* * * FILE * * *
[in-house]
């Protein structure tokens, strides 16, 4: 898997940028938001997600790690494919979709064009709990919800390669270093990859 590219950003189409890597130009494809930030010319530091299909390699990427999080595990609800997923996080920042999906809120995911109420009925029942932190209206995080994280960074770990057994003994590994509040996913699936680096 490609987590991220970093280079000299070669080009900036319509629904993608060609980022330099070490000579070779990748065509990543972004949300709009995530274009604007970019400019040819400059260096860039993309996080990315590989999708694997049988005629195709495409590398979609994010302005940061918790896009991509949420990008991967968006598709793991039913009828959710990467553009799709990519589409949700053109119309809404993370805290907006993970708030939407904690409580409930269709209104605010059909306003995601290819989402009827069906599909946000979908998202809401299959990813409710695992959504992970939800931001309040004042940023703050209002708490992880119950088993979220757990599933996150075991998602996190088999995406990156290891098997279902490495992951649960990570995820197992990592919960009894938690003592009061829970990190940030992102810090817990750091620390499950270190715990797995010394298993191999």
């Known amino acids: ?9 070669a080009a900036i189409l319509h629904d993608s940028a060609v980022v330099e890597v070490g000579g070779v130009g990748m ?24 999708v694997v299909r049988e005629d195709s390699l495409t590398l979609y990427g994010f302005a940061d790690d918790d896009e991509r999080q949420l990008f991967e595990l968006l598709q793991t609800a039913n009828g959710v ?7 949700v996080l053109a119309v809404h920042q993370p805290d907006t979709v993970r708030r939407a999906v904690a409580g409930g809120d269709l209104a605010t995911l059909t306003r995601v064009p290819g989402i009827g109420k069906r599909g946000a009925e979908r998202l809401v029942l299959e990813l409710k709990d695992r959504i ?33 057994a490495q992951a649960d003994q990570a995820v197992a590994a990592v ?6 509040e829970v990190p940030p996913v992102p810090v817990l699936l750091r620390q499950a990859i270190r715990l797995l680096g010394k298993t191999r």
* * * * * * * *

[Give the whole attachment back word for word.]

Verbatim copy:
[in-house]
């Protein structure tokens, strides 16, 4: 898997940028938001997600790690494919979709064009709990919800390669270093990859 590219950003189409890597130009494809930030010319530091299909390699990427999080595990609800997923996080920042999906809120995911109420009925029942932190209206995080994280960074770990057994003994590994509040996913699936680096 490609987590991220970093280079000299070669080009900036319509629904993608060609980022330099070490000579070779990748065509990543972004949300709009995530274009604007970019400019040819400059260096860039993309996080990315590989999708694997049988005629195709495409590398979609994010302005940061918790896009991509949420990008991967968006598709793991039913009828959710990467553009799709990519589409949700053109119309809404993370805290907006993970708030939407904690409580409930269709209104605010059909306003995601290819989402009827069906599909946000979908998202809401299959990813409710695992959504992970939800931001309040004042940023703050209002708490992880119950088993979220757990599933996150075991998602996190088999995406990156290891098997279902490495992951649960990570995820197992990592919960009894938690003592009061829970990190940030992102810090817990750091620390499950270190715990797995010394298993191999």
């Known amino acids: ?9 070669a080009a900036i189409l319509h629904d993608s940028a060609v980022v330099e890597v070490g000579g070779v130009g990748m ?24 999708v694997v299909r049988e005629d195709s390699l495409t590398l979609y990427g994010f302005a940061d790690d918790d896009e991509r999080q949420l990008f991967e595990l968006l598709q793991t609800a039913n009828g959710v ?7 949700v996080l053109a119309v809404h920042q993370p805290d907006t979709v993970r708030r939407a999906v904690a409580g409930g809120d269709l209104a605010t995911l059909t306003r995601v064009p290819g989402i009827g109420k069906r599909g946000a009925e979908r998202l809401v029942l299959e990813l409710k709990d695992r959504i ?33 057994a490495q992951a649960d003994q990570a995820v197992a590994a990592v ?6 509040e829970v990190p940030p996913v992102p810090v817990l699936l750091r620390q499950a990859i270190r715990l797995l680096g010394k298993t191999r």